New Orleans As we prepared to take off from Denver on the last leg of our flight on United Airlines, the pilot came on the intercom with an announcement that fortunately I had not heard in all my miles of air travel. He said that we were carrying an escort who was flying a solider home with us. He said that American soldiers pledge to stand between the enemies of our country and American citizens, and that we were carrying a soldier back home who had honored that pledge and made that sacrifice. He said that he would announce this again when we landed, though as it turned out it was not needed, but he asked that we would allow the escort to depart the plane first before rising to leave the plane on arrival in New Orleans.
I had seen a ramp worker walk the Air Force sergeant onto the plane before any other passengers. When we entered, he was seated on the aisle in a bank of three seats on the left side of the plane by himself in the first row that follows first class, only a couple of rows up from us. Before we departed, while the air conditioning was still coming on, I listened as the attendant approached the escort and asked if she could take his jacket. This was his uniform. He of course refused. He sat silently throughout the less than two hour flight without reading, talking, or rising from his seat. He never looked back, only forward.
Anyone who has ever flown knows that when the bell dings that the gate airway ramp has been lowered and the door is ready to open, it is a mad scramble as people get up from their seats and collect their bags, sometimes pushing forward to get a preferred place in line to leave. This was different. Looking forward there was no one rising. I turned to look towards the back of the plane, no one was standing. It wasn’t just a matter of keeping the aisle open, as the pilot had requested, which some might have done by rising and getting ready, but keeping out of the aisle. This time no one was moving, everyone was sitting silently, and waiting. Even after the escort rose and walked out of the plane there was a minute or two when no one moved still, making sure the way was clear.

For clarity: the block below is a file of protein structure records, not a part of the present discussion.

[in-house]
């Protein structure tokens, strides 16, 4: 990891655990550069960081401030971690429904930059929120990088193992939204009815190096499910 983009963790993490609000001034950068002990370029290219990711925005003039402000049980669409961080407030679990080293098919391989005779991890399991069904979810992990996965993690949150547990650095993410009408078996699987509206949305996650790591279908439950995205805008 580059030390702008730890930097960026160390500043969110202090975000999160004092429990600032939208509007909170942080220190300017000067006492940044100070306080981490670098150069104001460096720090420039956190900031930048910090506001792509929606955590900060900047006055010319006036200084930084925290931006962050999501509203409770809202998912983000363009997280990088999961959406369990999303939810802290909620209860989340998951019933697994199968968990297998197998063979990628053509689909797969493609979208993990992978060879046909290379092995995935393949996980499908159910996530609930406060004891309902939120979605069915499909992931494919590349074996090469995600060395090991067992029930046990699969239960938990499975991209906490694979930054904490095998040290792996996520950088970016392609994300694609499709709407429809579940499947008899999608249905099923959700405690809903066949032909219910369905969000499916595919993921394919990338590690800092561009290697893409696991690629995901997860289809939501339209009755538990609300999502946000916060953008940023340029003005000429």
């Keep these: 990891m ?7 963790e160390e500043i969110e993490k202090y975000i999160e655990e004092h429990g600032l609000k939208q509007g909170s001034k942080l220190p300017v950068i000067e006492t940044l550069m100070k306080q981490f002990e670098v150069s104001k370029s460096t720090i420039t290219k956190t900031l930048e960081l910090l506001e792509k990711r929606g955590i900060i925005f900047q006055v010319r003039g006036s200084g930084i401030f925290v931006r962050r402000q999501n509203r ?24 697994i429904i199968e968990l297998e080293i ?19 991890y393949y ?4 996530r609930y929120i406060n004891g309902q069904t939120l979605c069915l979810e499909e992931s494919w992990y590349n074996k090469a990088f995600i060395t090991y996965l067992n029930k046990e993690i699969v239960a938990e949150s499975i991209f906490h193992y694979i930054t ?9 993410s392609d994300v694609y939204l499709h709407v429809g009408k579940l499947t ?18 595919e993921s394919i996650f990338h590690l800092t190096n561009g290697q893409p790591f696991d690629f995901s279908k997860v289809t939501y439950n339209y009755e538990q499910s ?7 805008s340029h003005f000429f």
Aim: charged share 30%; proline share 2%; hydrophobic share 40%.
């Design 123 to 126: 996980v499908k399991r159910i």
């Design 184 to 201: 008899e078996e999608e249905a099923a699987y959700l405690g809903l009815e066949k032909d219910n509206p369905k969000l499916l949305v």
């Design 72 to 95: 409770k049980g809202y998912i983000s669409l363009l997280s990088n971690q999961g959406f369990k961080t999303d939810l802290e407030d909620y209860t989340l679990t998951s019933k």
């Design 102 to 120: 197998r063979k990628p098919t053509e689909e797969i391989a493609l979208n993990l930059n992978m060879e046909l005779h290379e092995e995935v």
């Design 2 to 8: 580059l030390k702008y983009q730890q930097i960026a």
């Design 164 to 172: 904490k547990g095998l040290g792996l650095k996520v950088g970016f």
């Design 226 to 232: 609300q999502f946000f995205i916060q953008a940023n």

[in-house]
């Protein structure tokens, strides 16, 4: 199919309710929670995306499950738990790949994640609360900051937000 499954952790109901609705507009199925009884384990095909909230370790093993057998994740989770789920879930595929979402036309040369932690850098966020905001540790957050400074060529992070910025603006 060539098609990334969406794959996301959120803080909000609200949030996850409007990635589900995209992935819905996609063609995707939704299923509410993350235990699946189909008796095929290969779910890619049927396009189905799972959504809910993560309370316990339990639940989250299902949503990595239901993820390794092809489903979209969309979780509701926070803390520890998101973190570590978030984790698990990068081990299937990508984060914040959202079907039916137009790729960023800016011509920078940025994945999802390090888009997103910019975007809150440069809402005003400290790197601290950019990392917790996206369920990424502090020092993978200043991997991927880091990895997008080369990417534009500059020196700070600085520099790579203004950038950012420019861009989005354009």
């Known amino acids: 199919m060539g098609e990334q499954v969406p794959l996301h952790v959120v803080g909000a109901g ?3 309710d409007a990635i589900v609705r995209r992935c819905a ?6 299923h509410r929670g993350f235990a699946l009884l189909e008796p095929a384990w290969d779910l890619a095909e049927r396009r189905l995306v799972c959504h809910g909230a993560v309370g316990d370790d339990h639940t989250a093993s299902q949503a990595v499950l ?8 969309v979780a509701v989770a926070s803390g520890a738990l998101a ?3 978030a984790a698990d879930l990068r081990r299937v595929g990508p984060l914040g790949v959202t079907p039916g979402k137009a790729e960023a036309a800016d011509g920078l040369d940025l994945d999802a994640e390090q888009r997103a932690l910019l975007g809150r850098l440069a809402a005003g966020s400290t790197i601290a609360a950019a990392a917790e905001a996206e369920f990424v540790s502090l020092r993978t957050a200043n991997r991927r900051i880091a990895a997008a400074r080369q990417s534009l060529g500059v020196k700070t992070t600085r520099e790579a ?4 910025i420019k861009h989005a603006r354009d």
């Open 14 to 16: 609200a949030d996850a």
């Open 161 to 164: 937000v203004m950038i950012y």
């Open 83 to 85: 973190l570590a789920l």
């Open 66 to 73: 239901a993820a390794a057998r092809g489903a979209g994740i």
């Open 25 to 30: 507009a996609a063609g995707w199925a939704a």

Chaco and I walked up the airway ramp and into the large circular waiting area where a dozen gates departed. We stopped in front of the ticket counter near the bank of windows. We were not alone. There had been no announcement in the waiting area, but somehow people knew something was happening. There were hundreds of people standing up, standing on chairs, and watching the runway below where a black hearse was parked on the tarmac near the baggage chute. Two police cars had their lights flashing next to the hearse. Several ramp workers in orange vests were standing alongside two women, and off to the side behind them were a half-dozen blue uniformed Air Force personnel who stood straight and at attention.
The pallbearers marched towards the plane as the casket glided down the chute and took it to the hearse. The rain had begun to pour and a ramp worker walked a large umbrella over and raised it above the head of the two African-American women, perhaps a mother, a sister, a fiancé, a wife, but certainly two women who were locked in an embrace without moving from the moment the casket had left the plane with their loved one.
They had a private moment as hundreds watched in unknown silence. Some weeping. Many, me among them, with tears in our eyes. No one seemed to move until the hearse door was closed. A German couple next to us, looked at me and said, “So sad.”
We were all civilians. The public being protected. This was a tragedy. A reminder that the war and the killing go on, many thousands of miles away in Iraq, Afghanistan, and elsewhere, where soldiers are lost and lives are sacrificed. For a moment we were all touched and jolted into the reality of war as this solider came home, and as we came home, and we all were welcomed into a lifetime of mourning for lives lost that had hardly begun.